Perry, Laura B.
School Composition and Student Outcomes: A Review of Emerging Areas of Research
Review of current research on school composition and its effects on student outcomes.
Journal Name or Institutional Affiliation:
Paper Presented at conference
Australian Association for Research in Education, November 2007 in Fremantle, WA
- PISA confirmed that SES affects student achievement, but the degree to which it does varies by country.
- Students perform better in schools that have a higher mean school SES, regardless of their individual SES. Moreover, in most countries the effect of mean school SES is stronger than an individual student's SES. (OECD, 2004).
- Rumberger & Palardy (2005) found that the effect of school composition was roughly equal to the effect of individual student SES in US secondary schools. They also found that the effect of mean school SES was similar for both high and low SES students.
- PISA study found that on average, school-level factors explain only about 5% of the between-school variation in student achievement in all the countries included. School level factors fall into three categories: school resources, school climate, and school policies.
- Much more important than school-level factors are student background and peer effects. On average, 50% of the between-school differences is due to individual student SES, 20% is due to mean SES of the school, 5% is due to school-level factors, and the remaining 30% is unexplained.
- The most important determining factor seems to be institutional arrangements and policies made at the national level rather than factors related to particular schools.
- Most of the countries that have the lowest effects of school composition have comprehensive secondary school system similar to that found in the US, Canada or Australia.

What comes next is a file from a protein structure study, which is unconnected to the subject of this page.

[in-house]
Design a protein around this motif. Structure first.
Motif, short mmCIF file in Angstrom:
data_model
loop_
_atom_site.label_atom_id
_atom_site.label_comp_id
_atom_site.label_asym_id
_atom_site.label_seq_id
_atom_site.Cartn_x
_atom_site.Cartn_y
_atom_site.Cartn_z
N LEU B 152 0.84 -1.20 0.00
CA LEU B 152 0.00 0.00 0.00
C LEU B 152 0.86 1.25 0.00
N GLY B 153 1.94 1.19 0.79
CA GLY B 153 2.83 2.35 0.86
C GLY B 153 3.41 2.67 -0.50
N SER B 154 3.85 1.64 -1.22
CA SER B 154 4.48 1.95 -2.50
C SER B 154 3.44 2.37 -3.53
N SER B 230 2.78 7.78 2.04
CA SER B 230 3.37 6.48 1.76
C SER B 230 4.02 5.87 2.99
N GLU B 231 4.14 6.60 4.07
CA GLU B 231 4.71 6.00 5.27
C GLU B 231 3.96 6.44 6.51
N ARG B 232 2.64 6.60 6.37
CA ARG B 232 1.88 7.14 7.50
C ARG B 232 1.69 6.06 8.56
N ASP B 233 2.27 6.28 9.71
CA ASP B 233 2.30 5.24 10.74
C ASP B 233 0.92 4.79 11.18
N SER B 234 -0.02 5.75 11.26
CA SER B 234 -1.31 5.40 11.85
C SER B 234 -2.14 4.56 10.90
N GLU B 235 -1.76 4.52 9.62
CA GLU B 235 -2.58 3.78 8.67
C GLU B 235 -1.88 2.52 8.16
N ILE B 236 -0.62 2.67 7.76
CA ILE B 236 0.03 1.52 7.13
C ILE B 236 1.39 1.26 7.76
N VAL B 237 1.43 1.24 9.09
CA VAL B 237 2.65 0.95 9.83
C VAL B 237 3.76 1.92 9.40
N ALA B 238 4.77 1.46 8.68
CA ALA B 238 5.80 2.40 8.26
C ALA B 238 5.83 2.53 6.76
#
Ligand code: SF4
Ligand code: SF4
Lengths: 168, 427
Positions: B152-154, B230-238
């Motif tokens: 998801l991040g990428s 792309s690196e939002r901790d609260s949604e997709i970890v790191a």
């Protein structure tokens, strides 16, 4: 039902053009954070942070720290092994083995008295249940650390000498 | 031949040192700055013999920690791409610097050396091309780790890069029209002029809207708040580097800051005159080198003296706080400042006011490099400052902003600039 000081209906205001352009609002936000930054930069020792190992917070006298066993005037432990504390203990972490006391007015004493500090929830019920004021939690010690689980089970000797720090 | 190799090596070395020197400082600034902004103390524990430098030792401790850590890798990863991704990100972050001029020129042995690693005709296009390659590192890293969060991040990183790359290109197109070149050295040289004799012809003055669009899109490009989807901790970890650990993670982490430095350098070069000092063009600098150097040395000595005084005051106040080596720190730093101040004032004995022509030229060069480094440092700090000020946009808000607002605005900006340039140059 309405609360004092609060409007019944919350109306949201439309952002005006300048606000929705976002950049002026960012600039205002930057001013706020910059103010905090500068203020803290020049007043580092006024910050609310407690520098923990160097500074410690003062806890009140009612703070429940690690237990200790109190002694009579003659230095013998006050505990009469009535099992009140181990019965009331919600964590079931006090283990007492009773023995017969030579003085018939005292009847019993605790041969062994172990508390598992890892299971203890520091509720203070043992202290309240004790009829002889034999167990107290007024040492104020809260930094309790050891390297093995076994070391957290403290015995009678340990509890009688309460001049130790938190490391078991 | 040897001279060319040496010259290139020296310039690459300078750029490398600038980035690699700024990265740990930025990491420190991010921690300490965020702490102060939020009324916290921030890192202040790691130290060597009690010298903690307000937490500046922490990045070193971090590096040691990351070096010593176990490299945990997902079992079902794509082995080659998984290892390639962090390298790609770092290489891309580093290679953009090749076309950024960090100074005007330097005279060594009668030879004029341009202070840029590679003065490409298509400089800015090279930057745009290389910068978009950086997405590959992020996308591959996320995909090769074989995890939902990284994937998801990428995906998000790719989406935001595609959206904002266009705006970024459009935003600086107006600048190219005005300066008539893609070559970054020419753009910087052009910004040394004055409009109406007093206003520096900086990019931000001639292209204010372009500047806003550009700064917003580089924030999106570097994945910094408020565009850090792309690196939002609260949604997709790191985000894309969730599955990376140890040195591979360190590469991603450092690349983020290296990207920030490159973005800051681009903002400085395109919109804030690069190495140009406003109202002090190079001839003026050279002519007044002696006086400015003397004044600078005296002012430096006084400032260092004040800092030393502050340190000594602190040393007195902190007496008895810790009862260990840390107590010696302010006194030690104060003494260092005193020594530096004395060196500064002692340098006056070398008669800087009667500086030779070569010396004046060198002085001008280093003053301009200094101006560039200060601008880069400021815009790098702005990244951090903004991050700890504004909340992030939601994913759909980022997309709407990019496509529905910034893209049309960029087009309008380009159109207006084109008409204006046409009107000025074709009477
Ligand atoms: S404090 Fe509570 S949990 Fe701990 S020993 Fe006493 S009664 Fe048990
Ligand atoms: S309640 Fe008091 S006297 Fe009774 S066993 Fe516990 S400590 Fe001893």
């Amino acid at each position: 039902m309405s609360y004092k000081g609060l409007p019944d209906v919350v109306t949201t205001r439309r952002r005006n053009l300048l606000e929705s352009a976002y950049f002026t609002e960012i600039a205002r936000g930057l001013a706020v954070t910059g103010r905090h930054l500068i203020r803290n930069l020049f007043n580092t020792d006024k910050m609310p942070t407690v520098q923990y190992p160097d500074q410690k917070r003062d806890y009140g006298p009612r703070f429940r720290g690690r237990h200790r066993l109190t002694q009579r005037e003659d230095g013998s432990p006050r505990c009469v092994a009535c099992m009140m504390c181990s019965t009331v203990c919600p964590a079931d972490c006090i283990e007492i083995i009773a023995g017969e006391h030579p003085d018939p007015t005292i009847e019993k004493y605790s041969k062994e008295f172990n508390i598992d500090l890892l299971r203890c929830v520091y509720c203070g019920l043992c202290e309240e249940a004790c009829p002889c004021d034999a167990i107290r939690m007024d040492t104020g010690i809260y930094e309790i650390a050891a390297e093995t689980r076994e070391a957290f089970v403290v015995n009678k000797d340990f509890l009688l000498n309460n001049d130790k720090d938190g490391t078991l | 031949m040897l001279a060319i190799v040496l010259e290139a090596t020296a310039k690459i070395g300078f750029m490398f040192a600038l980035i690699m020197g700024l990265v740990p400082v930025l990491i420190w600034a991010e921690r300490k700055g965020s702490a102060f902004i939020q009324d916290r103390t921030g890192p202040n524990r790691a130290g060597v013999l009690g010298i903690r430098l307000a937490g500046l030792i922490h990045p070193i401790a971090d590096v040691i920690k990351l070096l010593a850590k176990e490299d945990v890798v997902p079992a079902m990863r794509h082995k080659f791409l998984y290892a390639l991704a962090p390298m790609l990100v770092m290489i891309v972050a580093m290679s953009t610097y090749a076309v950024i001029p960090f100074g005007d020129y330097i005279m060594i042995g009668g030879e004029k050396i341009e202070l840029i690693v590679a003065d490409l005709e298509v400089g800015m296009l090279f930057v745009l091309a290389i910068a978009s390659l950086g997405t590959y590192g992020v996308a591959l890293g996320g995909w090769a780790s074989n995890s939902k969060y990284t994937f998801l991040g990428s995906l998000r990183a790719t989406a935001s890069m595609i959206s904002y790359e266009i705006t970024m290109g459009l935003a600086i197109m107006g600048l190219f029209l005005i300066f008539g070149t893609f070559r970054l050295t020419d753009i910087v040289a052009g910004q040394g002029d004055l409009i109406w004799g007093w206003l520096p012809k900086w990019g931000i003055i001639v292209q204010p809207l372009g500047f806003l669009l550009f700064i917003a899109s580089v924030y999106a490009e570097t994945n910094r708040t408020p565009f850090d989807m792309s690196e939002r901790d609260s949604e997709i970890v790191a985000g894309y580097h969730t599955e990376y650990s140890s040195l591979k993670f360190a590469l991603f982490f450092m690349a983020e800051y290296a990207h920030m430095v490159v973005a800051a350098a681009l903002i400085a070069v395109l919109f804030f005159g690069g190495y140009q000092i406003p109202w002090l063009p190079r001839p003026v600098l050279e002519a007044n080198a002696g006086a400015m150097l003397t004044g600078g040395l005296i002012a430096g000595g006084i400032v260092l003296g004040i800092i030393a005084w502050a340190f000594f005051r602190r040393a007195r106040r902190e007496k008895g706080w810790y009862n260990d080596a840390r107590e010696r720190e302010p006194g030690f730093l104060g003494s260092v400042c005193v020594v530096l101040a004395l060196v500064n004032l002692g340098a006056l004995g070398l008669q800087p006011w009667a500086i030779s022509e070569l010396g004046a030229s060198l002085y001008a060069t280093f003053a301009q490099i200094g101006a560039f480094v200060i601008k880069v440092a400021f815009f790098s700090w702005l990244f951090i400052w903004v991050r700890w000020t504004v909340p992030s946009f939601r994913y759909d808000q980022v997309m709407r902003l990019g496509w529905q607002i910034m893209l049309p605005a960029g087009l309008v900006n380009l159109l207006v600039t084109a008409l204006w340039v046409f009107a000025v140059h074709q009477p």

- In most countries student academic performance is greater in private schools. Once student SES is controlled for, however, private school advantage disappears or becomes minimal in most OECD countries. In other words, private schools have a performance advantage because of their student characteristics, not school-based differences.
- Overall, the social composition of schools can positively or negatively affect a family's choice of school. At the same time, school choice can positively but more often negatively affect a school's composition.
- Studies have found that low income students benefit more from educational interventions than higher income students.
- In four countries - Korea, Kenmark, Finland and Iceland- mean school SES has no statistically significant effect on student achievement in reading literacy (OECD, 2005).
- Recent studies form the US have started to document the positive effects of culturally diverse university settings for both minority and majority students. For example, interaction with culturally diverse students inside and outside the classroom is correlated with higher levels of complex thinking (Antonio et al., 2004), cultural awareness and political participation (Johnson & Lollar, 2002), and active thinking, tolerance and empathy (Gurin, Dey, Hurtado, & Gurin, 2002).
Outcomes, Racial Composition, SES Composition
Method of Analysis:
Unit of Analysis:
- Data comes from PISA (Programme for International Student Assessment) studies conducted by the Organization fro Economic Cooperation and Development (OECD).
- DV: Mean performance scores in reading, mathematics, and science.
- IV: Individual and school SES backgrounds (including means school SES).
- Rumberger & Palardy (2005)
- Henry and Rickman (2007)
- Lamb and Fullarton (2002)
- Robertson & Symons (2003)
- Rickman (2007)